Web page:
By several accounts Mussolini gave that speech, but it's not clear that the translation/interpretation is correct though:
A 1938 English book by (anti-fascist author) Gaetano Salvemini translated & interpreted the meaning of that as
In March 1934 Mussolini had to admit that "three-quarters of the
Italian economic system, both industrial and agricultural," required support from the Government if it was not to undergo a general collapse.
Salvemini was teaching at Harvard by 1934 so he was probably fluent enough in English to express what he meant/underwood.
The Economist also commented/paraphrased in 1934 (June 9) on this speech/claim saying:
At the present moment, the State is giving aid, through the I.R.I., to three-fourths of the Italian industrial and agricultural economy. Signor Mussolini here refers to the big banks and big businesses, not to medium or small-sized firms. If he chose, he adds, he could turn State capitalist or State Socialist. But it would be the fault of the capitalists and bankers and financiers, not the fruit of his own will.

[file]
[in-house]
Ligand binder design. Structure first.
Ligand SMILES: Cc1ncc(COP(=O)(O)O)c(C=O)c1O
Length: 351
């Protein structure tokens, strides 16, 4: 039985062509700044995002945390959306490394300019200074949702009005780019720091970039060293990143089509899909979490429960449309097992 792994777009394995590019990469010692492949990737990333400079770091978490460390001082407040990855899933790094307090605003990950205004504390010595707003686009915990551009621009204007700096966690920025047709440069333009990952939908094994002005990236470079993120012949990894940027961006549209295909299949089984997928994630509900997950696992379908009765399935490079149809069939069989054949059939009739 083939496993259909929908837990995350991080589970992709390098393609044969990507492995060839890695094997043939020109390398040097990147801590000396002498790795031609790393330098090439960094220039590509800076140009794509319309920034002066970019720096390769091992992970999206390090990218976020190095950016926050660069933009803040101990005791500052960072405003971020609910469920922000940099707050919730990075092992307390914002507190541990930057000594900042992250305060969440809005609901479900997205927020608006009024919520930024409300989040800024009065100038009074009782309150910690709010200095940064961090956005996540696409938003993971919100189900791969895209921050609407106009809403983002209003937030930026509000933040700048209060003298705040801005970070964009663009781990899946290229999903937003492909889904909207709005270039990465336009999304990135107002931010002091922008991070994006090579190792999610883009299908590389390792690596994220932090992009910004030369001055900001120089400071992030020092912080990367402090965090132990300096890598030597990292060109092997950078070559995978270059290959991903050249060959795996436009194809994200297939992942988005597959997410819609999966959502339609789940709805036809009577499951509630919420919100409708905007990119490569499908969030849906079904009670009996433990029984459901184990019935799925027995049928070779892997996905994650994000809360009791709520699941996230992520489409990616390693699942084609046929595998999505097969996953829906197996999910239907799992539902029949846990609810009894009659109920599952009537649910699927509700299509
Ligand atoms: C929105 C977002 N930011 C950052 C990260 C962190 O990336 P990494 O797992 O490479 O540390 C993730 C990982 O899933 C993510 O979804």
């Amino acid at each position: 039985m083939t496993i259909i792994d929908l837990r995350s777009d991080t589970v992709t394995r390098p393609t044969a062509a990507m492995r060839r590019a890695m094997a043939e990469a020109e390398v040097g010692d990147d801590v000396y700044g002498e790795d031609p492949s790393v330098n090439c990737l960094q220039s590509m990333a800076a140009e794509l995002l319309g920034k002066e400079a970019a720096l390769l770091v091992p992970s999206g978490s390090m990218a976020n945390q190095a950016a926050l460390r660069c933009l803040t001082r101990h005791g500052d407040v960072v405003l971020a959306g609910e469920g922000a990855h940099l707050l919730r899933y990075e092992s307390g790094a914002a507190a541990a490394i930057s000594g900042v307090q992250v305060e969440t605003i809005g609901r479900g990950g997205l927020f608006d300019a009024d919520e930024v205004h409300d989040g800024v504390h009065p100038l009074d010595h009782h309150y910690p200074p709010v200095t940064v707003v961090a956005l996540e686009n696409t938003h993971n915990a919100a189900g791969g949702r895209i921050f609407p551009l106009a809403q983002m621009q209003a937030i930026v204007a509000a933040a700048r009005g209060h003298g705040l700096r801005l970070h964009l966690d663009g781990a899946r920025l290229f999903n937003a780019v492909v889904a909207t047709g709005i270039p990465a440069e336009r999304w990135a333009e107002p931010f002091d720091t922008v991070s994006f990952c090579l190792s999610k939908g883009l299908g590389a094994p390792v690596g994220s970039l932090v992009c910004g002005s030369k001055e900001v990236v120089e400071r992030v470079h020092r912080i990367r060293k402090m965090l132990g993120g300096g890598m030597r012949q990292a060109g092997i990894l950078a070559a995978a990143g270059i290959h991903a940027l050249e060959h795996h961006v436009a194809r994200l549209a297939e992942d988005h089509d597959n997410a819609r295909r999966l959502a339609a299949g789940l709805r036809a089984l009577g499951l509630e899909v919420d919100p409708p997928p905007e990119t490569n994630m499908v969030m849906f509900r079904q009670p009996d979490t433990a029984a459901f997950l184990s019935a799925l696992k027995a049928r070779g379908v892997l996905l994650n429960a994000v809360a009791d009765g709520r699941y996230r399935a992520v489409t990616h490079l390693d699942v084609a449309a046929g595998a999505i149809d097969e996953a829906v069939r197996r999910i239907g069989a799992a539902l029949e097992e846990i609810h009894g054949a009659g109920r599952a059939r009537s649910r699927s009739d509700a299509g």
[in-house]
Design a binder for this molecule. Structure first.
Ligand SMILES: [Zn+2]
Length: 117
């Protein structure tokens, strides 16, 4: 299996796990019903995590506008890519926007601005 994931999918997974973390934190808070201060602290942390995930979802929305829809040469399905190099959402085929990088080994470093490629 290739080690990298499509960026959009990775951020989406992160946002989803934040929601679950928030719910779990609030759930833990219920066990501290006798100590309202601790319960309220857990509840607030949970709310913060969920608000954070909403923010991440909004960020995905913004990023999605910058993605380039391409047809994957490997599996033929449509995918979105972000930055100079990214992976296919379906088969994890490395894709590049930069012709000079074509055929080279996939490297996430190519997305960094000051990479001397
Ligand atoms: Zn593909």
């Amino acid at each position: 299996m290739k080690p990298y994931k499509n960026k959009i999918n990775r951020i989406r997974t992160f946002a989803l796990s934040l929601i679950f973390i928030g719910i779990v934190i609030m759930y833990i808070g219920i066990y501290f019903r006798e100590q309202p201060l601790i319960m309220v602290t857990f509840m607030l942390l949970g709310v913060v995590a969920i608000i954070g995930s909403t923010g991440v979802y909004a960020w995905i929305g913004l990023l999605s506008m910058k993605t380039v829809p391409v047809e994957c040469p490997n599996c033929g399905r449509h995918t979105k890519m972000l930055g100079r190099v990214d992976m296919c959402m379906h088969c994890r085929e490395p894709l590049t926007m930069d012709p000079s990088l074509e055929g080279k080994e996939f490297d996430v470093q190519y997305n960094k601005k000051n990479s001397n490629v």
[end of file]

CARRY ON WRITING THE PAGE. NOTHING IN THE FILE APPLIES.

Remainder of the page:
The Italian correspondent for The Economist at the time was Luigi Einaudi.
Some Italian authors did interpret the Mussolini speech as claim of actually control (at the time) by the state, but also say that this was factually far from the truth; Antonio Jannazzo in Il liberalismo italiano del Novecento, pp. 148-149 gives the Mussolini claim that interpretation (of actual control) but only to disprove it, saying that while the state was involved in 44.15% of enterprises, it only had a controlling share in 17.8% of them. (These percentages are the capital share of these enterprises of the total economy rather than number of enterprises.) For this fact Jannazzo is citing a 1995 study by S. La Francesa on the Italian interwar economy.
Roberto Bonuglia in Tra economia e politica (p. 92) also gives the Mussolini speech the interpretation of actual state control, but also says Mussolini was exaggerating. Actually Bonuglia is not saying that himself, but quoting (approvingly) an analysis from R. de Felice, Mussolini il duce, vol I, p. 179.
So I think a more metaphoric interpretation of "are on the arms of the state" (the literal translation of "sono sulle braccia dello Stato") is warranted. Or if we take that expression to mean state control ("in the arms" should be "nelle braccia", FWIW) then Mussolini had a major case of truthiness as far as the actual percentage, according to the analyses I found.